Viewers Swarm To Haagen-Dazs Bee-Friendly Viral Video

Haagen Dazs help the bees videoLike bees to honey, Häagen-Dazs has successfully attracted a swarm of caring consumers to an online public service announcement highlighting the plight of the disappearing honey bee.

For its "Häagen-Dazs Loves Honey Bees" campaign, the ice cream maker's agency of record Omnicom Group's Goodby, Silverstein & Partners created a video showing costumed bees performing a unique bee dance set to hip-hop music, only to then slowly disappear from view.

Then, Los Angeles-based marketing shop Feed Company was brought in to formulate and execute the "seeding" strategy for the video online. "Seeding," which is Feed Company's specialty, is a less hackneyed term for "viral marketing," but essentially means the same thing.

The Honey Bee cause campaign incorporated a number of mediums, from traditional television ads and "Plant this page, Save a bee" flower-seed print ads to a microsite and philanthropic sponsorships. Feed Company was tasked with introducing the video to a large online youth-based community that actively shares video content and champion social causes on top social networks, video sites and blogs.



"Youth online have a lot of socio-political energy and word-of-mouth impact," said Christine Chen, associate media director for San Francisco-based Goodby, Silverstein & Partners. "So we really needed to get the video to key social locations on the web where it couldn't be overlooked. Feed Company understood this and delivered the expected reach and engagement."

In two weeks, "Bee-Boy Dance Crew" was viewed over 2 million times online. In addition, it received more than 3,500 comments on YouTube and was "buzzed about" on more than 130 sites and blogs and over 11,000 forum discussion sessions. The video continues to receive a four-and-a-half star rating on YouTube.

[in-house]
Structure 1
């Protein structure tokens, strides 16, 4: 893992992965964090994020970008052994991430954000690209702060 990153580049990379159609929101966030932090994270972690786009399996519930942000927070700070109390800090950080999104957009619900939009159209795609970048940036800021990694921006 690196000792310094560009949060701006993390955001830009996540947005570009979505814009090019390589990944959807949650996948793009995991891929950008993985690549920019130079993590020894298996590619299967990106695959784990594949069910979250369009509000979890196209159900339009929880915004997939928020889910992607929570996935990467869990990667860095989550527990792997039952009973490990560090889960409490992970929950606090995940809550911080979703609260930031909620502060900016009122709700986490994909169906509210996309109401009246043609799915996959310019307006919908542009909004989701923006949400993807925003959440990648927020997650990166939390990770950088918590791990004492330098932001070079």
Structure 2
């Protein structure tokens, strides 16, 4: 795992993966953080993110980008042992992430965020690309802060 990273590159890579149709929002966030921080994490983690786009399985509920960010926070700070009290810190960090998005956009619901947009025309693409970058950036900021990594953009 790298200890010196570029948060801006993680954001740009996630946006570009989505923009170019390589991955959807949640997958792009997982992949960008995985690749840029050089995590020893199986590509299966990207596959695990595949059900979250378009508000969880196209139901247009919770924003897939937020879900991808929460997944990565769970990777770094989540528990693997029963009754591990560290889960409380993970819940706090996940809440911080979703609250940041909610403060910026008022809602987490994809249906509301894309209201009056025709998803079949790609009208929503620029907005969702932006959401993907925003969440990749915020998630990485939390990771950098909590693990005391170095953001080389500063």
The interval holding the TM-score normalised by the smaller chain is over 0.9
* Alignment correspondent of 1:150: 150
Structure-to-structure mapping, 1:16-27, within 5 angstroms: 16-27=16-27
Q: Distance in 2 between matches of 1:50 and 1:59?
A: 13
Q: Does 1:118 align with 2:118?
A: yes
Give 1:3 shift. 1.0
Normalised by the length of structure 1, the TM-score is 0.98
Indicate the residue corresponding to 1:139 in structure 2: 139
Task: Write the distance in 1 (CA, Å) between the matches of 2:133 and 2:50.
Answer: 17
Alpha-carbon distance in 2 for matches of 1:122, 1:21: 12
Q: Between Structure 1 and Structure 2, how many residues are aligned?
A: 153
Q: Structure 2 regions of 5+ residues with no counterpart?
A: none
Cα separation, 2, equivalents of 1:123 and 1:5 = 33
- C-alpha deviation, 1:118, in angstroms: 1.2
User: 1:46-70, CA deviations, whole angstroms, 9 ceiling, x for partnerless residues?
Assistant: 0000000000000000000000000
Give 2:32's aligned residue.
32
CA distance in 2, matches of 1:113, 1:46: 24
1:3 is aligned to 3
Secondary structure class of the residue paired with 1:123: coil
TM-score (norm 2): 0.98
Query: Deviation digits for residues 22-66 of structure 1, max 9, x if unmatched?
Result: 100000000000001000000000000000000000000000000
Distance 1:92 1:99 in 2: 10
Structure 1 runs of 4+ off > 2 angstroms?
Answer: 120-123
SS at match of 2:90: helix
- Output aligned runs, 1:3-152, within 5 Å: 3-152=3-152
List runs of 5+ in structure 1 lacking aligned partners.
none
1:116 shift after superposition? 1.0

According to Feed Company president and founder Josh Warner, the company typically charged between $60,000 and $75,000 for a campaign of this scale. "Häagen-Dazs definitely got their money's worth," Warner said.

Founded in early 2007, Feed Company quickly established a name for itself when it helped Ray-Ban spread a video of a guy catching sunglasses on his face to the tune of over 13 million views.

To achieve such impressive numbers, Feed Company employs word of mouth, social media and public relations to build up online views for brands and their videos. The company optimizes viral videos for search engines, and buzzes about the videos with influential bloggers, editors, and social networking sites. Other clients include Microsoft Zune, Intel, Disney, and Deutsch/LA.

"How do you take your product into different online environments? Do you do user-generated content or something more professional? How do your other marketing efforts intersect with these efforts? What brand themes are you bringing to this new audience? Do you reveal who you are, and if so, how? These are just some of the questions a marketer has to answer when considering seeding video online," Warner said.

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